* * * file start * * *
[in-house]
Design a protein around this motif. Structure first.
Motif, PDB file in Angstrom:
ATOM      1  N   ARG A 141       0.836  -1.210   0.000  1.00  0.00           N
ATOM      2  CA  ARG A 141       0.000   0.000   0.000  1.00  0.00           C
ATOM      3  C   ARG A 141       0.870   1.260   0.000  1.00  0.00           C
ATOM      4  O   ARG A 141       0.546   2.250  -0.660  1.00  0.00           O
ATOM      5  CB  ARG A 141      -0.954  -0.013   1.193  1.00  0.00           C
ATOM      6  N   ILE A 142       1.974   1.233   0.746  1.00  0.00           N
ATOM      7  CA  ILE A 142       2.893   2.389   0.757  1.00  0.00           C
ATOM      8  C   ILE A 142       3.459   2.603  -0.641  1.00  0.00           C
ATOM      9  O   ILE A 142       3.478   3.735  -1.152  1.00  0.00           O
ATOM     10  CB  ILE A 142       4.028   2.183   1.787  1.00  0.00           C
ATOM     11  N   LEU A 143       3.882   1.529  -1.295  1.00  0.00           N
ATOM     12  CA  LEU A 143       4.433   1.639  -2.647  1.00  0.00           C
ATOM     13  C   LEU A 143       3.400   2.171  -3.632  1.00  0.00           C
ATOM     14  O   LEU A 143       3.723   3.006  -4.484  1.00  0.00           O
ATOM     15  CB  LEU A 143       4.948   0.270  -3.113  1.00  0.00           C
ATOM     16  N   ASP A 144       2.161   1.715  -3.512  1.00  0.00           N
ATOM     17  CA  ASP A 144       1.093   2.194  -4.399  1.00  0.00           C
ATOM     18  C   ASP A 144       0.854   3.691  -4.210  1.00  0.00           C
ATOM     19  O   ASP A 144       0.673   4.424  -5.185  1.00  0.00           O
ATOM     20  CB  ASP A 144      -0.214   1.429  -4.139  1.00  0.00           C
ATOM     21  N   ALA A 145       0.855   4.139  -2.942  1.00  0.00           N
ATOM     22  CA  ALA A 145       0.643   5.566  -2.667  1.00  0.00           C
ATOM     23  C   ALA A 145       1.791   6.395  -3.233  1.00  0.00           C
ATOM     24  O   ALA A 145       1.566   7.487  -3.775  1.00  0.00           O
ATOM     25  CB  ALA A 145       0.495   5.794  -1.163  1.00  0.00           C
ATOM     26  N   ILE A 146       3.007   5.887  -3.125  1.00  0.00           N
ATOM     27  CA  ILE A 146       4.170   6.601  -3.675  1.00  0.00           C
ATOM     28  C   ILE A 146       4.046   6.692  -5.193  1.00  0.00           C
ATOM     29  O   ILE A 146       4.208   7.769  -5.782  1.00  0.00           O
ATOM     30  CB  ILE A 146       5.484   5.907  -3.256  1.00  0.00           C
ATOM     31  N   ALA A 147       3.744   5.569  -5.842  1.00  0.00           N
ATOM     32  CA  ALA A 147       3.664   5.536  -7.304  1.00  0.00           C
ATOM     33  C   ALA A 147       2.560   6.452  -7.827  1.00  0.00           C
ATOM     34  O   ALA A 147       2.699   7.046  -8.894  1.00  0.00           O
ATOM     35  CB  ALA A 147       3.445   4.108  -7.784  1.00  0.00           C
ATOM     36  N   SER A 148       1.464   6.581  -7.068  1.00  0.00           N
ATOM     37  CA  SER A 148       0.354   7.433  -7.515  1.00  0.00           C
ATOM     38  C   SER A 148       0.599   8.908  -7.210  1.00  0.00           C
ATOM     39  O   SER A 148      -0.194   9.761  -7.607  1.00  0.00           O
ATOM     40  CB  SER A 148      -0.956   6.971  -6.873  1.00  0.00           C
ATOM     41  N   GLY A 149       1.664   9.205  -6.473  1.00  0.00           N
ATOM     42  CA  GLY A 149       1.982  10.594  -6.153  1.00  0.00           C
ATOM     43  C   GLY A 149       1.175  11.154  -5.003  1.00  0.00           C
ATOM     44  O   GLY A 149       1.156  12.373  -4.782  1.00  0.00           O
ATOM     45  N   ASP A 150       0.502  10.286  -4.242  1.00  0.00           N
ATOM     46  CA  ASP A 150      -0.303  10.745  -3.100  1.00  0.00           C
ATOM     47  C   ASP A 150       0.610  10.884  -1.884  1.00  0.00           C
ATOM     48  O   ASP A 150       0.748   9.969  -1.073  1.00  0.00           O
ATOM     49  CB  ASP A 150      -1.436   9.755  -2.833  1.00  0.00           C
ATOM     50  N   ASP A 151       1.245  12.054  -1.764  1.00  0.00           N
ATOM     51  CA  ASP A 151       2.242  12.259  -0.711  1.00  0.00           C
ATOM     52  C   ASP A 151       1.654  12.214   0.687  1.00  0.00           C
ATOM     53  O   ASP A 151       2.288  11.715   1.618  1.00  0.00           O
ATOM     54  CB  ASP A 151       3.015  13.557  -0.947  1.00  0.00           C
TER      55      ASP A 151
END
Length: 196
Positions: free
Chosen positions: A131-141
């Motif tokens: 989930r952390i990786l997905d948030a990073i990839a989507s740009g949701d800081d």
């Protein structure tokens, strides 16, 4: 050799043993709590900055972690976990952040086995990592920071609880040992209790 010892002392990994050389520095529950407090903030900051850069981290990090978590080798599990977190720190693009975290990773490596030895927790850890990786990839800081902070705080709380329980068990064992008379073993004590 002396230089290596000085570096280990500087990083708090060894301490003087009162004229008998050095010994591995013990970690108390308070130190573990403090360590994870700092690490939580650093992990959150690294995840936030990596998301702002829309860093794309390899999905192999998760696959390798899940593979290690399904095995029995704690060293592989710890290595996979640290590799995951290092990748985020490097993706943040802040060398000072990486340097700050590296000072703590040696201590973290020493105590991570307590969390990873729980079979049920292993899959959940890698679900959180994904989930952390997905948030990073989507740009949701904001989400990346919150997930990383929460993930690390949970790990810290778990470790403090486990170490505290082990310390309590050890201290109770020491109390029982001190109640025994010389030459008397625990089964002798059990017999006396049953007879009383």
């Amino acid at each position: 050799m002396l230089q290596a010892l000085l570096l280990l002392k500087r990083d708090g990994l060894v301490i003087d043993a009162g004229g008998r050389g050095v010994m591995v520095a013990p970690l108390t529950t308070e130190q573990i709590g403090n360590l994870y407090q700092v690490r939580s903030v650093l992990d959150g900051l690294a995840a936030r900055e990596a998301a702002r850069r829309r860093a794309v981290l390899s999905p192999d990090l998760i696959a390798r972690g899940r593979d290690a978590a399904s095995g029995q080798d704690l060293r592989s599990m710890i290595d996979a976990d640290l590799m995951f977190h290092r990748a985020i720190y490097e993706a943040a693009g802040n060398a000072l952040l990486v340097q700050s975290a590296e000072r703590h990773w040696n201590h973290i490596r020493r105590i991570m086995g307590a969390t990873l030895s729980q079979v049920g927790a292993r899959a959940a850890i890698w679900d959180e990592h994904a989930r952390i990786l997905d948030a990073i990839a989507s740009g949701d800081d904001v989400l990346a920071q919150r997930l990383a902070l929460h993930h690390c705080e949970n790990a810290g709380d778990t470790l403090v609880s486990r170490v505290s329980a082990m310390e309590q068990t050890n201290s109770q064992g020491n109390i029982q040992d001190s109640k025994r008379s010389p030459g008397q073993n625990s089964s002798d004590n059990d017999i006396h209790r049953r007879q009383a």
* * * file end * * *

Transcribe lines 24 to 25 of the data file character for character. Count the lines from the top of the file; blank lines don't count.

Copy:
ATOM     21  N   ALA A 145       0.855   4.139  -2.942  1.00  0.00           N
ATOM     22  CA  ALA A 145       0.643   5.566  -2.667  1.00  0.00           C